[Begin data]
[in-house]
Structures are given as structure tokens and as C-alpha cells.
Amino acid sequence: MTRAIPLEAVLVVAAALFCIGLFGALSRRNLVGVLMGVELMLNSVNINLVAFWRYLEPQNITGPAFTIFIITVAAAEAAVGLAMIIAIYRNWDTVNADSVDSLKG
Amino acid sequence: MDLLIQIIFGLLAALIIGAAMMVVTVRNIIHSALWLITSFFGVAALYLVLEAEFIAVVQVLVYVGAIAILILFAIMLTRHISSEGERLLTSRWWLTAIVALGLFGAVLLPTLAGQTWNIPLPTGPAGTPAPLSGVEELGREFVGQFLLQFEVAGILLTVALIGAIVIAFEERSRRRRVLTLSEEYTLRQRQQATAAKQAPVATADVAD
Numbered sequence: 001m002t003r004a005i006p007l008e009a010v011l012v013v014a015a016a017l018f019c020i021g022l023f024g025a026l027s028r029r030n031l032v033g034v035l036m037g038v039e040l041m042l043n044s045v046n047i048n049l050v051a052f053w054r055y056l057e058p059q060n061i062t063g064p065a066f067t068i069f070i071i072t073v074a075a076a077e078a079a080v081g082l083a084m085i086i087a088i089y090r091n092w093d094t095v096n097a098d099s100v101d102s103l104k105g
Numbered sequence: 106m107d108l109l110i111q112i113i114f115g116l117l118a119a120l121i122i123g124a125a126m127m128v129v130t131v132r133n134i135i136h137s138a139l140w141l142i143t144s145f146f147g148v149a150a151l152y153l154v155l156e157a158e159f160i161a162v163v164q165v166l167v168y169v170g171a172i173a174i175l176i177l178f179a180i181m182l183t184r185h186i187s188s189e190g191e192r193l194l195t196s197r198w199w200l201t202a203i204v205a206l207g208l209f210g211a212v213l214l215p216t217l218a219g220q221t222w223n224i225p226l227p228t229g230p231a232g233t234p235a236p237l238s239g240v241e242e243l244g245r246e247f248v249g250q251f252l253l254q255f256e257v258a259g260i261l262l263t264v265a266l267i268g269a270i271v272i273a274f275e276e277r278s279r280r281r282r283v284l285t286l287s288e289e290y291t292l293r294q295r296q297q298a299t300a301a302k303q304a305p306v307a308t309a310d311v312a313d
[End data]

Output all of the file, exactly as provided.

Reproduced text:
[in-house]
Structures are given as structure tokens and as C-alpha cells.
Amino acid sequence: MTRAIPLEAVLVVAAALFCIGLFGALSRRNLVGVLMGVELMLNSVNINLVAFWRYLEPQNITGPAFTIFIITVAAAEAAVGLAMIIAIYRNWDTVNADSVDSLKG
Amino acid sequence: MDLLIQIIFGLLAALIIGAAMMVVTVRNIIHSALWLITSFFGVAALYLVLEAEFIAVVQVLVYVGAIAILILFAIMLTRHISSEGERLLTSRWWLTAIVALGLFGAVLLPTLAGQTWNIPLPTGPAGTPAPLSGVEELGREFVGQFLLQFEVAGILLTVALIGAIVIAFEERSRRRRVLTLSEEYTLRQRQQATAAKQAPVATADVAD
Numbered sequence: 001m002t003r004a005i006p007l008e009a010v011l012v013v014a015a016a017l018f019c020i021g022l023f024g025a026l027s028r029r030n031l032v033g034v035l036m037g038v039e040l041m042l043n044s045v046n047i048n049l050v051a052f053w054r055y056l057e058p059q060n061i062t063g064p065a066f067t068i069f070i071i072t073v074a075a076a077e078a079a080v081g082l083a084m085i086i087a088i089y090r091n092w093d094t095v096n097a098d099s100v101d102s103l104k105g
Numbered sequence: 106m107d108l109l110i111q112i113i114f115g116l117l118a119a120l121i122i123g124a125a126m127m128v129v130t131v132r133n134i135i136h137s138a139l140w141l142i143t144s145f146f147g148v149a150a151l152y153l154v155l156e157a158e159f160i161a162v163v164q165v166l167v168y169v170g171a172i173a174i175l176i177l178f179a180i181m182l183t184r185h186i187s188s189e190g191e192r193l194l195t196s197r198w199w200l201t202a203i204v205a206l207g208l209f210g211a212v213l214l215p216t217l218a219g220q221t222w223n224i225p226l227p228t229g230p231a232g233t234p235a236p237l238s239g240v241e242e243l244g245r246e247f248v249g250q251f252l253l254q255f256e257v258a259g260i261l262l263t264v265a266l267i268g269a270i271v272i273a274f275e276e277r278s279r280r281r282r283v284l285t286l287s288e289e290y291t292l293r294q295r296q297q298a299t300a301a302k303q304a305p306v307a308t309a310d311v312a313d